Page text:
- There were cross-cultural differences in solicitation, however those that were solicited were predominantly female and most likely to be solicited by an adult (as opposed to another adolescent);
- Young people engaging in risky behaviour online were more likely to be solicited than those that did not. Other risk factors include alcohol consumption, offline bullying and sexual orientation;
- Young people did not often seek help from a trusted adult, choosing to confide in a friend instead. Young people were more likely to confide in a parent if their parents asked them about their internet use.
The experts’ response
The expert panel, composed of Cathal Delaney (Europol), Tink Palmer (Marie Collins Foundation), John Brown (NSPCC), Annie Mullins (Trust and Safety Group) and David Miles (Independent), and chaired by the project Principal Investigator Professor Julia Davidson focused on the relevance and utility of the findings presented from the research consortium.
There was a firm consensus that the internet, if used safely, can be a useful instrument for young people in navigating their formative and emerging adulthood years. As with anything in our lives, risks are always present, and knowing how to recognise and manages risks online does not mean engaging in moral panics about the threat and danger of online childhood sexual abuse.
Focusing on improving and ameliorating resources, particular questions need to be posed within education (Should parents be doing more? Are schools equipped to deal with online issues?); the normalisation of sexting and solicitations online (What does society contribute in terms of the sexualisation of young girls? How do we deal with sexting?); and the role of industry in protecting users online (Should industry be doing more to create a safe platform for young people? What are the consequences of filtering and blocking software for young people, as well as the advantages?). As should be clear, the difficulty and vastness of the issues deliberated were essential in catalysing the integration of the research into the current narratives surrounding child online protection.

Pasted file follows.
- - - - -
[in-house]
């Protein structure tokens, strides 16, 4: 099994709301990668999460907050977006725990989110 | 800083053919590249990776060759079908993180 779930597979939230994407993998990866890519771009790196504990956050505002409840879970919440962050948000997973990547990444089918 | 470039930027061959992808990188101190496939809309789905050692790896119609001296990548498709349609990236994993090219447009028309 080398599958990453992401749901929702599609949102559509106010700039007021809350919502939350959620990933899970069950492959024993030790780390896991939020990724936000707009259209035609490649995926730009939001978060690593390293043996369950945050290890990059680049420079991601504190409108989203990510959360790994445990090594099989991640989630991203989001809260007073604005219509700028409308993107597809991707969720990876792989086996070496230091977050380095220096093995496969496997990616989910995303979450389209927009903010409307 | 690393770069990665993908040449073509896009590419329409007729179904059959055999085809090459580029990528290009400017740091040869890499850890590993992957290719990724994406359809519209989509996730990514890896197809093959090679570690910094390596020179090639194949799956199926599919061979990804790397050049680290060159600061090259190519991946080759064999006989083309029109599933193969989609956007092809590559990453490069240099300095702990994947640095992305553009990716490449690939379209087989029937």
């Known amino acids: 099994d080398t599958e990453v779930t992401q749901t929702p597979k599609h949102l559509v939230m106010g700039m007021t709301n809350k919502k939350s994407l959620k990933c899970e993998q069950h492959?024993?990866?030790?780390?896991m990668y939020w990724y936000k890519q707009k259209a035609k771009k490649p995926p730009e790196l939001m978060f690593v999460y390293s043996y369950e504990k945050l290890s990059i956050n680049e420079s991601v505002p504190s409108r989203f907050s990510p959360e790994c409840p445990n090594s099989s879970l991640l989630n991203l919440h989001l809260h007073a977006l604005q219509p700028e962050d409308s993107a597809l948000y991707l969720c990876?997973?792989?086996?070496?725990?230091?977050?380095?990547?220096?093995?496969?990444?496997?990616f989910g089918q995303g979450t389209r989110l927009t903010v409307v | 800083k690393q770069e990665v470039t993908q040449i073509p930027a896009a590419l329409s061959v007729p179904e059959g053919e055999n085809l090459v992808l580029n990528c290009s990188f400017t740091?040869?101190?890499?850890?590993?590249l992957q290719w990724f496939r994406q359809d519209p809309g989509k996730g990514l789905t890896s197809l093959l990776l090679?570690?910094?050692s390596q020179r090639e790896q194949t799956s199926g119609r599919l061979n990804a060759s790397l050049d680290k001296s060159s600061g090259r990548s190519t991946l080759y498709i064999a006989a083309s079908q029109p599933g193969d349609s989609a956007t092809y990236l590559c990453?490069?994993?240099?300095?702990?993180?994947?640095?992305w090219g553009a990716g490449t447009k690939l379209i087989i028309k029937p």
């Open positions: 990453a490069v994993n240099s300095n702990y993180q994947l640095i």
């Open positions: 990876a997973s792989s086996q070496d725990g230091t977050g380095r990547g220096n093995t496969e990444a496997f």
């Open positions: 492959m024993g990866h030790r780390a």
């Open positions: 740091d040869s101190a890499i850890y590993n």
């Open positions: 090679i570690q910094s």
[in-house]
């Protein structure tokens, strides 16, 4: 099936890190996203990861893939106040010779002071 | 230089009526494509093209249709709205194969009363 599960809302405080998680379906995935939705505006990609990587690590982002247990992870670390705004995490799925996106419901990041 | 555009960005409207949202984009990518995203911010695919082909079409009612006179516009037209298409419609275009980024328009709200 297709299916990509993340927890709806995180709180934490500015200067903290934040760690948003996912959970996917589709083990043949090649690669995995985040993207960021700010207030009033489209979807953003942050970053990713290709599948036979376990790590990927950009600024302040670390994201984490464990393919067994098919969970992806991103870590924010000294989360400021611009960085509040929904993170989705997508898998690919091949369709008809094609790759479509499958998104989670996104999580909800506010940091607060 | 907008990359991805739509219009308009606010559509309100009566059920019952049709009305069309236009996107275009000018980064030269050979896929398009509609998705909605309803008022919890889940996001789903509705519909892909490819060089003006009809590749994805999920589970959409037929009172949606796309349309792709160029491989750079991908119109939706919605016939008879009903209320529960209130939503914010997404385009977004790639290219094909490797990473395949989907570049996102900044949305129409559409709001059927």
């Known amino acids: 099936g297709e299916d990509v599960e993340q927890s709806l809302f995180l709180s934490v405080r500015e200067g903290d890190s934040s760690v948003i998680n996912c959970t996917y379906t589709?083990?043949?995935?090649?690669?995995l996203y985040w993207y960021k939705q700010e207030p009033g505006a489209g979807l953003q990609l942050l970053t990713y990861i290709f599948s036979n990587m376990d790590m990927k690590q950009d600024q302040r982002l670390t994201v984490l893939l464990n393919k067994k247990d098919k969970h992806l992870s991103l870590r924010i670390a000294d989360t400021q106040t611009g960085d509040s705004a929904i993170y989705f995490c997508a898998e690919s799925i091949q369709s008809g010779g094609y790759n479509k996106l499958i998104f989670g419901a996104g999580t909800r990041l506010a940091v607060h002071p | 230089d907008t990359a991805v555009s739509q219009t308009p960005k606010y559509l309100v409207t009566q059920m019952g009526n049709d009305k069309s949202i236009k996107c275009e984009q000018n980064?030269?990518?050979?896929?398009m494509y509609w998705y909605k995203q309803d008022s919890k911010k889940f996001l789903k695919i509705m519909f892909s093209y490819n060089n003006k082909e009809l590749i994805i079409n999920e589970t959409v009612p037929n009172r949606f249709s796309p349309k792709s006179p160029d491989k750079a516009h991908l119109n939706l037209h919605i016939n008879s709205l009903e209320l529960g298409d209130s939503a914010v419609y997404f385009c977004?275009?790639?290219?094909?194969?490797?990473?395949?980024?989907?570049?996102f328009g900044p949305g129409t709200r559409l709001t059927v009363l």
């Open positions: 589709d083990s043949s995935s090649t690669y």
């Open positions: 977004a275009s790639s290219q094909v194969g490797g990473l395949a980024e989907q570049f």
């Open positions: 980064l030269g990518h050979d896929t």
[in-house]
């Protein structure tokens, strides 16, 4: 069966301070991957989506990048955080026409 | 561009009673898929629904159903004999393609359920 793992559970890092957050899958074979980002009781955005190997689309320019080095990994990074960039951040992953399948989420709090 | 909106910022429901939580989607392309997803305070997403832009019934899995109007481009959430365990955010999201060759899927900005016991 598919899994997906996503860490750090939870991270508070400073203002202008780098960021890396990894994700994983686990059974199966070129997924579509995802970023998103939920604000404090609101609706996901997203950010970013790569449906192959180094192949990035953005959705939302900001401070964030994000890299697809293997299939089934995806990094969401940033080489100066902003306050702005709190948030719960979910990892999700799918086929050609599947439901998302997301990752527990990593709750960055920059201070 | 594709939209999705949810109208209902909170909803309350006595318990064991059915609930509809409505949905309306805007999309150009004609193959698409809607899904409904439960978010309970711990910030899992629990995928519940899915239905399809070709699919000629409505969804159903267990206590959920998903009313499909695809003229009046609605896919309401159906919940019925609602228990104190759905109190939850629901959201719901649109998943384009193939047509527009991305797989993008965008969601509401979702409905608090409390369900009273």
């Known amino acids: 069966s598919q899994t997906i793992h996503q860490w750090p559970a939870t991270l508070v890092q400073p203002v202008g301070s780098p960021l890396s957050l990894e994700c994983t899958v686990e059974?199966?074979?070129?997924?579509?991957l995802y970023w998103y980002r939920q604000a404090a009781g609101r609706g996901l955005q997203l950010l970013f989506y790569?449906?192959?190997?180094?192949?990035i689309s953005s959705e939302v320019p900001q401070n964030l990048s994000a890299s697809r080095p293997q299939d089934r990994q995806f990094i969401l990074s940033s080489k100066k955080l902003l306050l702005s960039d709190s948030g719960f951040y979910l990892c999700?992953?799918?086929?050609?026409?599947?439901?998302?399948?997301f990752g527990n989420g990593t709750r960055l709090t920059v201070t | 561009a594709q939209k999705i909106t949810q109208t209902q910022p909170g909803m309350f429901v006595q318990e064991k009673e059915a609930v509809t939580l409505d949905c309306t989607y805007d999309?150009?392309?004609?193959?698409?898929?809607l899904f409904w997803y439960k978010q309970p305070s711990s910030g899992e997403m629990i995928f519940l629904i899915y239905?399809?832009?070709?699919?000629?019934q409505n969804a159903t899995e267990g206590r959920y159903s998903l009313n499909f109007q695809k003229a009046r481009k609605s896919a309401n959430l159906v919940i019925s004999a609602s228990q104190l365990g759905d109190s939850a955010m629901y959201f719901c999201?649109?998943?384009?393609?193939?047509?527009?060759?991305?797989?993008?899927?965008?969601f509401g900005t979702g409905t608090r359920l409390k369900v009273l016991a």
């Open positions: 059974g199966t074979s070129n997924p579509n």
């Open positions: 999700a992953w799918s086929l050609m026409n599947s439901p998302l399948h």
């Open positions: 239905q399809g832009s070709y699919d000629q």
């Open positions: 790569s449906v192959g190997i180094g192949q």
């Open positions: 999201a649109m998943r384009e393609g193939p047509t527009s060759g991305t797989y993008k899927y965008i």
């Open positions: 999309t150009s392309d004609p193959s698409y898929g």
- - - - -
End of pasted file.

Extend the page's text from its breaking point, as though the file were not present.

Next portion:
In summary, the conference brought together academics, law enforcement, the third and corporate sector, resulting in an engaging and informative day of discussions regarding project findings and collaborative practice. It created an opportunity for critical evaluation and impact, attempting to provide answers to a number of key global policy questions about the importance of understanding and safeguarding cyberspace. Most importantly, the conference permitted an opportunity for the identification of gaps and next steps in the process of preventing and intervening in online childhood sexual abuse, with the possibility for future collaboration and partnerships between industry members, NGOs, police and academics. It is clear from the project findings that this kind of cross-disciplinary collaboration is deeply wanted and needed by all. It is only with this kind of engagement and deliberation that society will be able to tackle the issues of online safety accurately, successfully and innovatively.